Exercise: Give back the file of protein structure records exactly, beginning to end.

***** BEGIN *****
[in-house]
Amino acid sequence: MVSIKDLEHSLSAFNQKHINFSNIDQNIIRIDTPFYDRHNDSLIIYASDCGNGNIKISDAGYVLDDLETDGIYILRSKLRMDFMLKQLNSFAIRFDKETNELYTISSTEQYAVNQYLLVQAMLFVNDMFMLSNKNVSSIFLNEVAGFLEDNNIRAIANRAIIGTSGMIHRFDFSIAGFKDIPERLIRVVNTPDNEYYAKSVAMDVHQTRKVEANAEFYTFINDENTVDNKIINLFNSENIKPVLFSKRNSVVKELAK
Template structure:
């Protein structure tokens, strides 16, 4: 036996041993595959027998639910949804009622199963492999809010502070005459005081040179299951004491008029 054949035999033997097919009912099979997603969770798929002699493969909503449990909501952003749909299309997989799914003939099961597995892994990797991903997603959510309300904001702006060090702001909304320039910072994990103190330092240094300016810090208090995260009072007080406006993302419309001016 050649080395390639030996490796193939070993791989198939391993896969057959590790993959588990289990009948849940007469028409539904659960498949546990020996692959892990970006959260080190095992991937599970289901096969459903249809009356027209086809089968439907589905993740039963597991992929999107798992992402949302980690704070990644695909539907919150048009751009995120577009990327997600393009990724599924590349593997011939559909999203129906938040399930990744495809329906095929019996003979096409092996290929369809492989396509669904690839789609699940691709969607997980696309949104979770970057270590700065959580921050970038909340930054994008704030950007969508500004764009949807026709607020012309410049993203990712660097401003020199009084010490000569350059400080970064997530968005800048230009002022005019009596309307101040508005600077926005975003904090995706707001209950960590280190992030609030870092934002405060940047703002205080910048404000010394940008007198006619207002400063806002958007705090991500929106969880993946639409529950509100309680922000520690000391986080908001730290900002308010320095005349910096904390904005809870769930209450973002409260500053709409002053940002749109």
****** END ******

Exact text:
[in-house]
Amino acid sequence: MVSIKDLEHSLSAFNQKHINFSNIDQNIIRIDTPFYDRHNDSLIIYASDCGNGNIKISDAGYVLDDLETDGIYILRSKLRMDFMLKQLNSFAIRFDKETNELYTISSTEQYAVNQYLLVQAMLFVNDMFMLSNKNVSSIFLNEVAGFLEDNNIRAIANRAIIGTSGMIHRFDFSIAGFKDIPERLIRVVNTPDNEYYAKSVAMDVHQTRKVEANAEFYTFINDENTVDNKIINLFNSENIKPVLFSKRNSVVKELAK
Template structure:
């Protein structure tokens, strides 16, 4: 036996041993595959027998639910949804009622199963492999809010502070005459005081040179299951004491008029 054949035999033997097919009912099979997603969770798929002699493969909503449990909501952003749909299309997989799914003939099961597995892994990797991903997603959510309300904001702006060090702001909304320039910072994990103190330092240094300016810090208090995260009072007080406006993302419309001016 050649080395390639030996490796193939070993791989198939391993896969057959590790993959588990289990009948849940007469028409539904659960498949546990020996692959892990970006959260080190095992991937599970289901096969459903249809009356027209086809089968439907589905993740039963597991992929999107798992992402949302980690704070990644695909539907919150048009751009995120577009990327997600393009990724599924590349593997011939559909999203129906938040399930990744495809329906095929019996003979096409092996290929369809492989396509669904690839789609699940691709969607997980696309949104979770970057270590700065959580921050970038909340930054994008704030950007969508500004764009949807026709607020012309410049993203990712660097401003020199009084010490000569350059400080970064997530968005800048230009002022005019009596309307101040508005600077926005975003904090995706707001209950960590280190992030609030870092934002405060940047703002205080910048404000010394940008007198006619207002400063806002958007705090991500929106969880993946639409529950509100309680922000520690000391986080908001730290900002308010320095005349910096904390904005809870769930209450973002409260500053709409002053940002749109």